Man Made Disaster
Connecting online to offline is the new Holy Grail for the biggest players in China's internet shopping explosion, whether they be domestic or overseas operators. E-commerce companies in China are queueing up to find stores to align themselves with.
In its quest for existing networks of physical stores, JD.com announced it had taken a 10 percent stake in domestic supermarket chain Yonghui Superstores for CNY4.31 billion (USD673.8 million).
Japanese companies operating in Tianjin were facing difficulties on Saturday grasping damage to their facilities from devastating explosions that rocked an industrial port in the northern China city earlier in the week.
Entry to areas around the site of Wednesday's blast has been restricted, while many senior officials at Japanese firms are away for summer vacation.
A cold snap that sent temperatures plunging along Australia's east coast could not have come at a better time for retailers desperate to clear winter stock after unseasonably warm weather in autumn.
As department store chains Myer and David Jones and specialty retailers such as Portmans, Saba, Oroton, David Lawrence and Cue kicked off their mid-season clearance sales this week, a wintry blast dumped a foot of snow in ski resorts and sent the mercury tumbling below zero in large parts of NSW, Victoria, the ACT and even Queensland.
A Chinese joint venture of US-based J.R. Simplot, which supplies frozen french fries to McDonald's, was fined CNY3.92 million (USD632,370) on Wednesday by the Beijing city government for water pollution, the official Xinhua news agency reported.
The Beijing government found the venture had been discharging contaminated waste water that exceeded stipulated levels, according to Xinhua.
Xinhua said the business was a joint venture between Simplot, a unit of McDonald's, and a local firm. Reuters could not independently verify the relationship.
Gap is matching funds of any eligible Gap employee who donates to the aid group Mercy Corps in response to the devastating earthquake that recently hit Nepal and the surrounding area, the US fashion giant said on Saturday. The disaster has injured over 8,000 people and killed more than 4,400 by Tuesday.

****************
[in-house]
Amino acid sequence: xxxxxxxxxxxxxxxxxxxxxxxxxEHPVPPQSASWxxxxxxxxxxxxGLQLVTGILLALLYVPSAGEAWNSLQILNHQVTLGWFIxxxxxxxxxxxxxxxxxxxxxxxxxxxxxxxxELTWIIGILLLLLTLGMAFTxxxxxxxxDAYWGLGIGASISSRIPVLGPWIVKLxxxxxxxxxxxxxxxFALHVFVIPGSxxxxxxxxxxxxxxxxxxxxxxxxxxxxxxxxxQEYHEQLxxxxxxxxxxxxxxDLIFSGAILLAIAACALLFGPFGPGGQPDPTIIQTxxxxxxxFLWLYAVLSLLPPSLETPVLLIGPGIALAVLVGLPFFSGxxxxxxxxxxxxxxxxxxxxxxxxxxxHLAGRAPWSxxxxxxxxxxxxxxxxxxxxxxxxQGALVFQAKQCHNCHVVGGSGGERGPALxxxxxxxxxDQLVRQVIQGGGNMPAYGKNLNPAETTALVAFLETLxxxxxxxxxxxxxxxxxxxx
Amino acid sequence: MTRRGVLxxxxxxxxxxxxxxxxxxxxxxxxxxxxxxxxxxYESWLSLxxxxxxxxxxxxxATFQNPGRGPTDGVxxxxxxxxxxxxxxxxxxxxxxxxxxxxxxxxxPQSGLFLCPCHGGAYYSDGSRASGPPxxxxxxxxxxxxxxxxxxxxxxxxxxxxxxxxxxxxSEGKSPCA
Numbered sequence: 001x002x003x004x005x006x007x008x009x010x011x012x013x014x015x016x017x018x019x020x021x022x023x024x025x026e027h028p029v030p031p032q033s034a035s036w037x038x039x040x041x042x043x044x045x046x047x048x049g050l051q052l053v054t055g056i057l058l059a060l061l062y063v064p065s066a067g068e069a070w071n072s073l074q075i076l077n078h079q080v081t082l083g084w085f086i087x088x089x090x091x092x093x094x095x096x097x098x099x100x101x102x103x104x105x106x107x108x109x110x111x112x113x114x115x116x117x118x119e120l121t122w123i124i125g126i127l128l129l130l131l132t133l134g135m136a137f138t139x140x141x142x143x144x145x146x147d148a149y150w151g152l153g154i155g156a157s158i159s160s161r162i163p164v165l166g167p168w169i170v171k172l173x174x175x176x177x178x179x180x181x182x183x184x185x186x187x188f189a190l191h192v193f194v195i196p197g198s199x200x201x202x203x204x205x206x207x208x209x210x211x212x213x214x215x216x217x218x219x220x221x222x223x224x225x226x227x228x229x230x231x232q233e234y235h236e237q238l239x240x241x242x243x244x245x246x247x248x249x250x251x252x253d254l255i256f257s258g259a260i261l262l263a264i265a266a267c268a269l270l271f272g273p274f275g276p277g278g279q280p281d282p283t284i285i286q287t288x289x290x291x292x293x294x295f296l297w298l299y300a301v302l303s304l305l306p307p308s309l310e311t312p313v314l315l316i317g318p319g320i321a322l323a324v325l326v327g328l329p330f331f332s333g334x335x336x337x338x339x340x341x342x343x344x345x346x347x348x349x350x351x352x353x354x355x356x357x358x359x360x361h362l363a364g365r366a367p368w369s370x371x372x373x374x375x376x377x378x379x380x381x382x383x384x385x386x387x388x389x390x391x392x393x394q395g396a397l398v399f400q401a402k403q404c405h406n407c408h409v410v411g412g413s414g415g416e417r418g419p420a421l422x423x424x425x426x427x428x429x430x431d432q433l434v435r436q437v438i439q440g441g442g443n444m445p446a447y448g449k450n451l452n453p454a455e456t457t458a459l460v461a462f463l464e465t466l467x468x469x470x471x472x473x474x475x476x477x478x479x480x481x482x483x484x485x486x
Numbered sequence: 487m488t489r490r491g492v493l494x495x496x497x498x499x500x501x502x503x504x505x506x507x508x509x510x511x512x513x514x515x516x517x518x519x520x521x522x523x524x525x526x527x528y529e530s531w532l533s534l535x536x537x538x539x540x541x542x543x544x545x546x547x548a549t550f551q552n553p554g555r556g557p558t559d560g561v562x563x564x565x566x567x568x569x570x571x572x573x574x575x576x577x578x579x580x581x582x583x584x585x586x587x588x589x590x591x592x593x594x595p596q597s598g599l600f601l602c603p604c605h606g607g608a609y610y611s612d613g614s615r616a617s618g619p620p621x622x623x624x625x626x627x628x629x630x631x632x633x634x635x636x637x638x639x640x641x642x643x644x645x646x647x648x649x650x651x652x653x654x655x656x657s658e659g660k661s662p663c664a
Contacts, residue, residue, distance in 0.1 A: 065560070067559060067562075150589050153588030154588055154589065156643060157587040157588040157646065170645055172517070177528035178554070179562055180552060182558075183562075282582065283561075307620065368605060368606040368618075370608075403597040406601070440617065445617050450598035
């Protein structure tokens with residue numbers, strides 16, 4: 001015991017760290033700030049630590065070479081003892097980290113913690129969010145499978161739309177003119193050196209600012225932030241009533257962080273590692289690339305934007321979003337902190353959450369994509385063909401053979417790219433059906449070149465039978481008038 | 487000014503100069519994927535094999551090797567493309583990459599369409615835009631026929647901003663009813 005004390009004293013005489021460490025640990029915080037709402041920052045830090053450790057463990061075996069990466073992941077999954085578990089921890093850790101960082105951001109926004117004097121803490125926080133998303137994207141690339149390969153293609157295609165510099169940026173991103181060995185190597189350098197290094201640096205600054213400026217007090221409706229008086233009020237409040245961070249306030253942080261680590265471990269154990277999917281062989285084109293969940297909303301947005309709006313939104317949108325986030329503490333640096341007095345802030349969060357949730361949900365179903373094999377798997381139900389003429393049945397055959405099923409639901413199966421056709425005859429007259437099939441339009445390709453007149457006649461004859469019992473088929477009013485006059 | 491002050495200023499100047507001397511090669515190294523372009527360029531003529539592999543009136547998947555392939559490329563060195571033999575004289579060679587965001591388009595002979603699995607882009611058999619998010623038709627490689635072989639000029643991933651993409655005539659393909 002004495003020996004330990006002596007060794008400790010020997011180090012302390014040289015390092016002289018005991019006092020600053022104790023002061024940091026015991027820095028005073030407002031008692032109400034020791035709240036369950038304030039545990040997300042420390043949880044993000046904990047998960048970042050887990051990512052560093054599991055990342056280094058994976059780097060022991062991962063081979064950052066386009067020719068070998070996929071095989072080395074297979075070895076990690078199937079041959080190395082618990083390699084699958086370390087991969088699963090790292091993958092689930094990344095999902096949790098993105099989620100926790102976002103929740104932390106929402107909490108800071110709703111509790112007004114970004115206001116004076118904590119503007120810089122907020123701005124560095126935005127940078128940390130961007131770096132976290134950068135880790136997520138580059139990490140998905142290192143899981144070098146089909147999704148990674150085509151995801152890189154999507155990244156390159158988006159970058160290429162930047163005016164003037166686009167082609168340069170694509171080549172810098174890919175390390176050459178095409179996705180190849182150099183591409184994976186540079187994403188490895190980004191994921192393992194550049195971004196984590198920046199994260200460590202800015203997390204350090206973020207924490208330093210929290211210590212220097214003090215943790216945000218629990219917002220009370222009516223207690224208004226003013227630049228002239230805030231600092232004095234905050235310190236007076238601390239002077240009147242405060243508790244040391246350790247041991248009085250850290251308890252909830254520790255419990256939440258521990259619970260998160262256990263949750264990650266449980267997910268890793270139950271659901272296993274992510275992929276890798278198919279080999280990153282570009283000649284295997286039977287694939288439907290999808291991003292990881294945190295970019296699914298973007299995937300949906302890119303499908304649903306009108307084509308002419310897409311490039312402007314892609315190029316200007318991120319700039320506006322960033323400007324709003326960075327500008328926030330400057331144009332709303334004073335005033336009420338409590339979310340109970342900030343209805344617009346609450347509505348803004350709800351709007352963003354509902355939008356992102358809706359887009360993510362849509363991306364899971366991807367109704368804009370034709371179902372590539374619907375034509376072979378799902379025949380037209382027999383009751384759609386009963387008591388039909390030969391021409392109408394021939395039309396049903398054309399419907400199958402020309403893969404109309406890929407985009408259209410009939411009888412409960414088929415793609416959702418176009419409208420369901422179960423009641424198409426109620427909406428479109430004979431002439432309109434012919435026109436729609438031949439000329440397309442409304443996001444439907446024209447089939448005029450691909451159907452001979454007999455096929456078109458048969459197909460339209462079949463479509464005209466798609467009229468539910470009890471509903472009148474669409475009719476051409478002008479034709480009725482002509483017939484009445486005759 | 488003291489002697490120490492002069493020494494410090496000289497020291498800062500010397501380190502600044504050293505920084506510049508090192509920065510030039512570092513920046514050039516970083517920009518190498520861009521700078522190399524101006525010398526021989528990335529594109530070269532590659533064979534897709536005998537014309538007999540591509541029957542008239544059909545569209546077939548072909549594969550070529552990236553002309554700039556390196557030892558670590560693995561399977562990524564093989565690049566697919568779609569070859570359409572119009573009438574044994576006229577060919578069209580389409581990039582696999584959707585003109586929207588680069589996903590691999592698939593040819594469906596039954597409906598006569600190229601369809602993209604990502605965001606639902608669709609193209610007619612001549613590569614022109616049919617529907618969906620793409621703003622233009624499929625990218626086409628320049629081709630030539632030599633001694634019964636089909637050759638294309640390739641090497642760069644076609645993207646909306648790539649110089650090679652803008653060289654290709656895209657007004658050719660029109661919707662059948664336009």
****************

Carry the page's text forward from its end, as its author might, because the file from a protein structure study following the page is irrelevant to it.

"Gap Inc. and our employees extend our deepest sympathies to the victims and the families of all those affected by the devastating earthquake in Nepal, and those impacted across South Asia," the company said in a statement.
Chinese tourism remains a big business in Japan. Last year, almost 2.5 million Chinese mainlanders visited their island neighbour, a four-fifths increase from a year earlier. They were the third-largest source of visitors after Taiwan and South Korea.
Better still, they don't stint on spending. The Japan Tourism Agency estimates that Chinese tourists accounted for a quarter of all tourist spending in Japan last year, shelling out about USD2,000 each during a visit.
Alibaba is taking on Amazon's habitual role as public enemy number one for traditional US retailers, as the Chinese ecommerce group is dragged into a political fight in Washington over its global ambitions.
Bricks-and-mortar retailers, which spent years attacking Amazon for profiting from what they call a sales tax loophole, have turned their fire on Alibaba by warning that the Chinese group will be its next beneficiary.
Amazon.com has released its annual Electronics Holiday Gift Guide, a curated list of more than 500 of the top electronics gifts of the season, which it said features three times more deals this year.
Organized by eight unique personas, including the “gamer” who has to have the latest games and hottest accessories, wearable enthusiasts that are “decked in tech,” and music fans who love to rock, making it easy for shoppers to find the right gift for the electronics lover on their list.
UK online fashion retailer ASOS believes it can reach its target of GBP2.5 billion (USD4 billion) in annual sales by 2020, with price cuts helping to reignite growth after three profit warnings this year.
Until this year, ASOS had been the great success story of UK retailing and a darling of the stock market, helped by its appeal to internet-savvy twentysomethings and high-profile fans including singer Rita Ora and US First Lady Michelle Obama. Having floated at 20 pence in 2001, ASOS shares hit a high of GBP71.95 in February.
European retailers said on Tuesday they had found thousands of safety problems while inspecting Bangladesh garment factories in a drive to prevent a repeat of last year's Rana Plaza disaster that claimed over 1,100 lives.
The Bangladesh Accord on Fire and Building Safety, an umbrella group of nearly 200 European brands such as H&M and Carrefour, said inspectors discovered 80,000 safety hazards in the 1,106 factories investigated this year.